By Takashi Umekawa
TOKYO (Reuters) - Mizuho Financial Group Inc's corporate culture is to blame for its long history of tech system failures, creating an atmosphere where managers are reluctant to express opinions and unable to respond well to crises, an investigation found.
The damning report was commissioned by Japan's third-largest lender after four system breakdowns between February and March this year, which came despite the bank having spent more than $3.6 billion to overhaul its systems in 2019. That revamp followed two large-scale breakdowns in 2002 and 2011.
The third-party report said Mizuho rotated tech staff too often which prevented the accumulation of knowledge and that managers were too hesitant to question the status quo.
"The atmosphere within the company is one where managers believe the best course is to take the stance that they have done what they are supposed do rather than taking the risk of actively expressing their opinion. This contributes to a lack of positive and proactive action on their part," the report said.
Ten years ago when Mizuho reported system failures, the country's financial watchdog told the bank there was a problem with its culture.
"Our corporate culture hasn't remained the same, but it's also true it would not easily change," Chief Executive Tatsufumi Sakai told a press conference on Tuesday.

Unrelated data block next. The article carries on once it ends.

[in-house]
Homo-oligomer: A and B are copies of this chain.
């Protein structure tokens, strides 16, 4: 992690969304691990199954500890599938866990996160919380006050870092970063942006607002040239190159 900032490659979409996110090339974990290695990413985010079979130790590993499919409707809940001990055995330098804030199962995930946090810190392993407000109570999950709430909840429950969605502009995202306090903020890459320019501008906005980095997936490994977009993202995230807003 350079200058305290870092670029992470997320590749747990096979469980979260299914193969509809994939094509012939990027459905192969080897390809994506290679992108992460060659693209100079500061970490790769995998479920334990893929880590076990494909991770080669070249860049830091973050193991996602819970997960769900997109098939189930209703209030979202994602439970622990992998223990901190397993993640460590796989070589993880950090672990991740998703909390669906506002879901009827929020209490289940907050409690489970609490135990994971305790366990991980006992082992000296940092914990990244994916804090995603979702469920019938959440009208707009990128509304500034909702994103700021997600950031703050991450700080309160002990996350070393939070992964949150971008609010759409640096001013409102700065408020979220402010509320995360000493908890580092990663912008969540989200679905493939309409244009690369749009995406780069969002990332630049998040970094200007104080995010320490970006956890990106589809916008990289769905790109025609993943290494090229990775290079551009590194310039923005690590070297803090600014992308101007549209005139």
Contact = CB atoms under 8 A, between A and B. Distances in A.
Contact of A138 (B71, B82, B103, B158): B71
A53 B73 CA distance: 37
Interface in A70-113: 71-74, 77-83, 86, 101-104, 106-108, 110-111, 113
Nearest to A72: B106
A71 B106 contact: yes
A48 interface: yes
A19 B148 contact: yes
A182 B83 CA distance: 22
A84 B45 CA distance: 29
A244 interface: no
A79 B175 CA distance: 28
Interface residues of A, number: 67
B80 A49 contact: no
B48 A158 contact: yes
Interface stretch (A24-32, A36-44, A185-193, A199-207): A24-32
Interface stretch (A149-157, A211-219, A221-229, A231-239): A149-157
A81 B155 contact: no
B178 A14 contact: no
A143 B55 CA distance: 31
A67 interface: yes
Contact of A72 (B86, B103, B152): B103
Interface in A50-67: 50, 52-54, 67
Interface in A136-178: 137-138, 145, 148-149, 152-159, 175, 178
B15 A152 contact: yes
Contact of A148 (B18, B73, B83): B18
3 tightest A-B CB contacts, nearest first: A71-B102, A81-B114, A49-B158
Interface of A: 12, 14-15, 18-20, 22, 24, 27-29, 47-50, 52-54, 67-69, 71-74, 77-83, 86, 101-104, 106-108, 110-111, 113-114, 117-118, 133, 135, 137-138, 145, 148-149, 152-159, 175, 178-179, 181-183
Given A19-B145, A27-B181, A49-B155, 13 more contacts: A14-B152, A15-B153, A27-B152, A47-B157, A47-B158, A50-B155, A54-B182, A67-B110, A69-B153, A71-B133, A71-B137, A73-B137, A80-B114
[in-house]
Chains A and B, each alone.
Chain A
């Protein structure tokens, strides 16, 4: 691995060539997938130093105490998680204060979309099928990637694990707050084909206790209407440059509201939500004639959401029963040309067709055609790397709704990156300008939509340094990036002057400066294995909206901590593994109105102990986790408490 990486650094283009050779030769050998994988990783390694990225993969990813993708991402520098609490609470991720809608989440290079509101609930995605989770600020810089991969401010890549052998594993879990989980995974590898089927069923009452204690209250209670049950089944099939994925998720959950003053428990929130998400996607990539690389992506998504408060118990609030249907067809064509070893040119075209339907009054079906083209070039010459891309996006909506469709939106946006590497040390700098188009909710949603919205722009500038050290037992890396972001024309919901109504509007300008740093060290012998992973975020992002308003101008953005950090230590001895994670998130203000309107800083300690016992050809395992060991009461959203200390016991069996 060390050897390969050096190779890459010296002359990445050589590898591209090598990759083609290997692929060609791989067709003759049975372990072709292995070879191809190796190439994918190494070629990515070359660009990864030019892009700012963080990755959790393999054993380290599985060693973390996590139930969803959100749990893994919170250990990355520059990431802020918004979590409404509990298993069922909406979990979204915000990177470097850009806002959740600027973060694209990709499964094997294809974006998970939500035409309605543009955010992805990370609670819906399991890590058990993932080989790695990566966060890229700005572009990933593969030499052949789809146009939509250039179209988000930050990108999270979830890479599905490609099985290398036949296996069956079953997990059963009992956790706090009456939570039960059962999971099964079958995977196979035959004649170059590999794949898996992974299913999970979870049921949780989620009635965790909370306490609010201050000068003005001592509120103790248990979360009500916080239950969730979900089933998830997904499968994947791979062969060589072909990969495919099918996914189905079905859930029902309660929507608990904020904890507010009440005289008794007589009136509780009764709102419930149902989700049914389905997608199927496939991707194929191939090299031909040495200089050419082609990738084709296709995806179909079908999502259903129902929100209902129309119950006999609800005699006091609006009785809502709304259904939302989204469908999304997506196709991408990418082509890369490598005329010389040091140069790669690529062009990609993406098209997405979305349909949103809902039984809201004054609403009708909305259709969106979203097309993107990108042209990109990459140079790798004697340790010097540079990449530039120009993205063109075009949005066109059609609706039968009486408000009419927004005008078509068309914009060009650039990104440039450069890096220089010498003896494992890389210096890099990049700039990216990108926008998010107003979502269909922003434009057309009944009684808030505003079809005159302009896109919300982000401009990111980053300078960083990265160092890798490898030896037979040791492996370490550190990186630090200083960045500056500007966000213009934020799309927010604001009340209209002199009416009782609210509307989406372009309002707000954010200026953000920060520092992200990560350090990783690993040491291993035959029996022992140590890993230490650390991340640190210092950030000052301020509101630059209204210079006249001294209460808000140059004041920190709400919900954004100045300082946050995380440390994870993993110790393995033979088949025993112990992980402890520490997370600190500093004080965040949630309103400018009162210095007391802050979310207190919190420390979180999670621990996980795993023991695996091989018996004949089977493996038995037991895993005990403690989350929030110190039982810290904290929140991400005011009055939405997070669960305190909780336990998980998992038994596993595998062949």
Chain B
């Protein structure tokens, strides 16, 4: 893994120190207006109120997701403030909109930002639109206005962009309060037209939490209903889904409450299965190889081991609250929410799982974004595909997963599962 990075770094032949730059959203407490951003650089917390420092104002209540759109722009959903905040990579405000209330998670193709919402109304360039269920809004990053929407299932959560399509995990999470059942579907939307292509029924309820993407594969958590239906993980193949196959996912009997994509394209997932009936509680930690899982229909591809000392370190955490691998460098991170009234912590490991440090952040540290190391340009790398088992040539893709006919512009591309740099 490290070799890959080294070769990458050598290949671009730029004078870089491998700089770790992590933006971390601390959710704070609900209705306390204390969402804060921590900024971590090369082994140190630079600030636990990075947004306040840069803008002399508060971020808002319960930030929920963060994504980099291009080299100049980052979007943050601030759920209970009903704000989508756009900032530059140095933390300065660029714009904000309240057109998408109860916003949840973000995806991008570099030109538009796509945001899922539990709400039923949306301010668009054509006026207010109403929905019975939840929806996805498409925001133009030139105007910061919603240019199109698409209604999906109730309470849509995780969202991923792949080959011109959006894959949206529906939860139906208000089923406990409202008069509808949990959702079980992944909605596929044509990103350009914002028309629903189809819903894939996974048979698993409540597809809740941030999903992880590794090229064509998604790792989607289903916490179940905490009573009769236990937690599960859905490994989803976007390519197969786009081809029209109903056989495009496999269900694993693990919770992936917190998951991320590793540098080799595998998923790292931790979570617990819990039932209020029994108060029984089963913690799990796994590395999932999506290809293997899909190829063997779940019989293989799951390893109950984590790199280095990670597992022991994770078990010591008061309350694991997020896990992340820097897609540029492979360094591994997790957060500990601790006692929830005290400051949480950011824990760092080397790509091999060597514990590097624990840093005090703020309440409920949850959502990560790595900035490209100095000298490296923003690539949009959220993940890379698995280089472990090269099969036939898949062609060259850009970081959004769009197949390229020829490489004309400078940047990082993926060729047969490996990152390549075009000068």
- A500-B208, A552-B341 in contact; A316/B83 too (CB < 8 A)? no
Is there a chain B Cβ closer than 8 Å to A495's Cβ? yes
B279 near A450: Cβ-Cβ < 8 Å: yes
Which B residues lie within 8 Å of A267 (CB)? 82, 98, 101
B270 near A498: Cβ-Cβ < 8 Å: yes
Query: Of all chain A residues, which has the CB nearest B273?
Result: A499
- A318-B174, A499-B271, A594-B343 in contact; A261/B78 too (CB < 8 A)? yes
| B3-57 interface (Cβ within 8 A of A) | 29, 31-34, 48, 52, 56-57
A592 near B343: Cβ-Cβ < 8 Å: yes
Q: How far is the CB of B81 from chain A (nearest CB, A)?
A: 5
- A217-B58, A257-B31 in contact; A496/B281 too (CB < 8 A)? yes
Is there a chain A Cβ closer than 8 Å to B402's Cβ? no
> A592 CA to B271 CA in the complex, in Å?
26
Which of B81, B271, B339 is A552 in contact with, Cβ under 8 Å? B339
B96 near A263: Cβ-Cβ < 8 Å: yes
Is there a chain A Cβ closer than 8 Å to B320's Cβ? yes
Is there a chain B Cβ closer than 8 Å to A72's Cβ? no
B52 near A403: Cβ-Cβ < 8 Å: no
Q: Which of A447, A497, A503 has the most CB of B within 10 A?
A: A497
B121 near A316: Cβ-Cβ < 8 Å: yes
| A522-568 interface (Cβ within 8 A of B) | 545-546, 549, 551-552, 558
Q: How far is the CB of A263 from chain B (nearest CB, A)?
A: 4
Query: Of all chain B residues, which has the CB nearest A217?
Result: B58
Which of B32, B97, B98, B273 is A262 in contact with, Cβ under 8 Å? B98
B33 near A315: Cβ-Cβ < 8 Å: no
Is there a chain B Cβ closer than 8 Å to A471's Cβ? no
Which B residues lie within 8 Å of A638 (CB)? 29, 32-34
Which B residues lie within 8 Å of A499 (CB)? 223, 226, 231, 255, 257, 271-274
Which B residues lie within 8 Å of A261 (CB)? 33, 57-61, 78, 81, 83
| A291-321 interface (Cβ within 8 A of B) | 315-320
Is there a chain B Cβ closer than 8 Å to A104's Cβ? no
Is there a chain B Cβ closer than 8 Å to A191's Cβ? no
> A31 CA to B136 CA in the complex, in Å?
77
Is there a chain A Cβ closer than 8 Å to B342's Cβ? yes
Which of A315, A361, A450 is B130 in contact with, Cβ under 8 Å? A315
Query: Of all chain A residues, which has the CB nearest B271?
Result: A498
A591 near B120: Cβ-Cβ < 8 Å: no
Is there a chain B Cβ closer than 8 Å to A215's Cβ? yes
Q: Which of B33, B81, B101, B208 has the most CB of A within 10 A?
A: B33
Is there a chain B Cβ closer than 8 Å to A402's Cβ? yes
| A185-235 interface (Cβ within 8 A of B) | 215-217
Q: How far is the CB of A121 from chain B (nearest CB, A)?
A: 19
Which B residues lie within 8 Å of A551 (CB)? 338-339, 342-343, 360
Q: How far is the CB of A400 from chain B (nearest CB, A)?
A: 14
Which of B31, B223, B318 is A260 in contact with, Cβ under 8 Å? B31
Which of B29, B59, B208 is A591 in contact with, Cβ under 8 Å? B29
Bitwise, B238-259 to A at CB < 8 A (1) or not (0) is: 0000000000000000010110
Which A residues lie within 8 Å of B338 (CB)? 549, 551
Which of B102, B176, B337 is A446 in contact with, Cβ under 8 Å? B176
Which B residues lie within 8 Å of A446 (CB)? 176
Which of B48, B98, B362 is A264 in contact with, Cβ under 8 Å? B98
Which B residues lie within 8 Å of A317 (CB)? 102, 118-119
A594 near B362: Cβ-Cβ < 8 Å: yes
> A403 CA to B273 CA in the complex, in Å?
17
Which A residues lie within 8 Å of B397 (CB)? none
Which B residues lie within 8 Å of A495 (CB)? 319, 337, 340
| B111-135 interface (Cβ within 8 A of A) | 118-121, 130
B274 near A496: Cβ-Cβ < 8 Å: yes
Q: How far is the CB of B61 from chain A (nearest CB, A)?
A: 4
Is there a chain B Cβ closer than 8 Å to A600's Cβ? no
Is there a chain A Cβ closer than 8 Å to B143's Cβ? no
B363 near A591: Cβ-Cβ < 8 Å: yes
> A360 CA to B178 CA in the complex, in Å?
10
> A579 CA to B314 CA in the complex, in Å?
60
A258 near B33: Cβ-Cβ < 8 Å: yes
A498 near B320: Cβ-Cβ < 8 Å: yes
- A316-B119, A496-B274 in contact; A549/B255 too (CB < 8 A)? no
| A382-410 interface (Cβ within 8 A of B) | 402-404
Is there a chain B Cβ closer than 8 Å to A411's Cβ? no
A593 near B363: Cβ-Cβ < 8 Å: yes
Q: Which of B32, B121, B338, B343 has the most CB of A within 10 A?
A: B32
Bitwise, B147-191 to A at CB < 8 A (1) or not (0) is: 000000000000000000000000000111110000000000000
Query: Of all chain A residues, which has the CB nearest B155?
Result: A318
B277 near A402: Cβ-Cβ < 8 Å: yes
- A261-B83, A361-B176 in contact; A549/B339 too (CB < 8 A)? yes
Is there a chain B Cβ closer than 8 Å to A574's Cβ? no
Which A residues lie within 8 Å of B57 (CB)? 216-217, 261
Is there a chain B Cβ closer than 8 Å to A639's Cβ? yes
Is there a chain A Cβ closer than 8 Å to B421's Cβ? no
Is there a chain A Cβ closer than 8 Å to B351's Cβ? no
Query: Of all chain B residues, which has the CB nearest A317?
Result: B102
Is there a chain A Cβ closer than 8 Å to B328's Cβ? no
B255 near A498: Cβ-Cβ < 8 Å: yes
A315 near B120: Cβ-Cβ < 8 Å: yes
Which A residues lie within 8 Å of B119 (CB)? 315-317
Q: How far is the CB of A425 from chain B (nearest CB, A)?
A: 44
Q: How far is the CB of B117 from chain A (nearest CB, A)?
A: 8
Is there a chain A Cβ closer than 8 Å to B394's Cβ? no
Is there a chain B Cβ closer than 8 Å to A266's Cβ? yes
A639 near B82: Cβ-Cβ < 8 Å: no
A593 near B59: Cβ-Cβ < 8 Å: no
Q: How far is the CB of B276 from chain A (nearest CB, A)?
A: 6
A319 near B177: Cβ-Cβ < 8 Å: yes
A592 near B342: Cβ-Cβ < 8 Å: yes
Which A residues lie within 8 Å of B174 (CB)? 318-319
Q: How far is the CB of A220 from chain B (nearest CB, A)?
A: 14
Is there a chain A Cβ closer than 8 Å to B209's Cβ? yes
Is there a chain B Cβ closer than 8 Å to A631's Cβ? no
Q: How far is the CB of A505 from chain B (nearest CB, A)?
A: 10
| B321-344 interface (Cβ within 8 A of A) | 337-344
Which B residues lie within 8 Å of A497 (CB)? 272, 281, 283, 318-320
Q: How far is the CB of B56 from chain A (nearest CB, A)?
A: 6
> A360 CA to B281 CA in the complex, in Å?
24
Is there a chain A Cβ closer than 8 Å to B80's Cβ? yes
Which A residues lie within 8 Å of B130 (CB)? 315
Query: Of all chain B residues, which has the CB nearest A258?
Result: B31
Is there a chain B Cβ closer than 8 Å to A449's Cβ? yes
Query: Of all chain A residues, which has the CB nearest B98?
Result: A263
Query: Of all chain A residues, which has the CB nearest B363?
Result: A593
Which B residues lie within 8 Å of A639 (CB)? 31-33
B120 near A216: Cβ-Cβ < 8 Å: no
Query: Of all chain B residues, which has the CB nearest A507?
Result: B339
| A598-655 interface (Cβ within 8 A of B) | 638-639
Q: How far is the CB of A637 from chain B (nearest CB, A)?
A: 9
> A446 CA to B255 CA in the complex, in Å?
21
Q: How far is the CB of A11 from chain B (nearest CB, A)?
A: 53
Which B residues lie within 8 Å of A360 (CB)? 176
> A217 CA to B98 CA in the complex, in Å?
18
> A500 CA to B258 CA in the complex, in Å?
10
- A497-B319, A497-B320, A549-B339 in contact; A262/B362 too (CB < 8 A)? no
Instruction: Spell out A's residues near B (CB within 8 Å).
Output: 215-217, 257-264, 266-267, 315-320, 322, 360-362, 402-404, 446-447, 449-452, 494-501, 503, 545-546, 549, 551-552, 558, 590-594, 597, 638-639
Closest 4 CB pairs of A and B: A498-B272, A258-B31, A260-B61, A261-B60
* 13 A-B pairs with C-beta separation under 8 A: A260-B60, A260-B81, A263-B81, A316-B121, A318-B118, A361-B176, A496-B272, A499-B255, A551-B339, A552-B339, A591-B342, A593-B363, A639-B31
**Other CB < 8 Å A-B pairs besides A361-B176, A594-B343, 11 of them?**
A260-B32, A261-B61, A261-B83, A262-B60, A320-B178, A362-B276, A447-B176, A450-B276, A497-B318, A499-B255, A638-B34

One of the glitches this year affected most of its ATMs, leaving customers unable to retrieve thousands of bank cards and bank books stuck inside in the machines.
"I came to know the ATMs breakdown through internet news," Koji Fujiwara, the head of Mizuho's main banking unit, told reporters, highlighting how Mizuho was slow to share information with its management.
Mizuho said it would set up an internal committee to prevent recurrences and plans to recruit executives from tech companies to improve know-how.
Sakai will have his pay halved for six months to take responsibility for the problems, while Fujiwara will take a 50% pay cut for four months.
"We, as a whole organization, strongly recognise it's necessary to take fundamental preventive measures in order not to let such issues happen again," Mizuho said in a statement.
Mizuho did not, however, announce Fujiwara's resignation which had been flagged by domestic media.
The report was compiled by a four member team led by lawyer Shuji Iwamura and also including another lawyer, a former Fair Trade Commission official and a former NTT DoCoMo executive.
Mizuho's shares closed up 0.4%.
($1 = 110.0700 yen)
(Reporting by Takashi Umekawa; Editing by Edwina Gibbs and Pravin Char)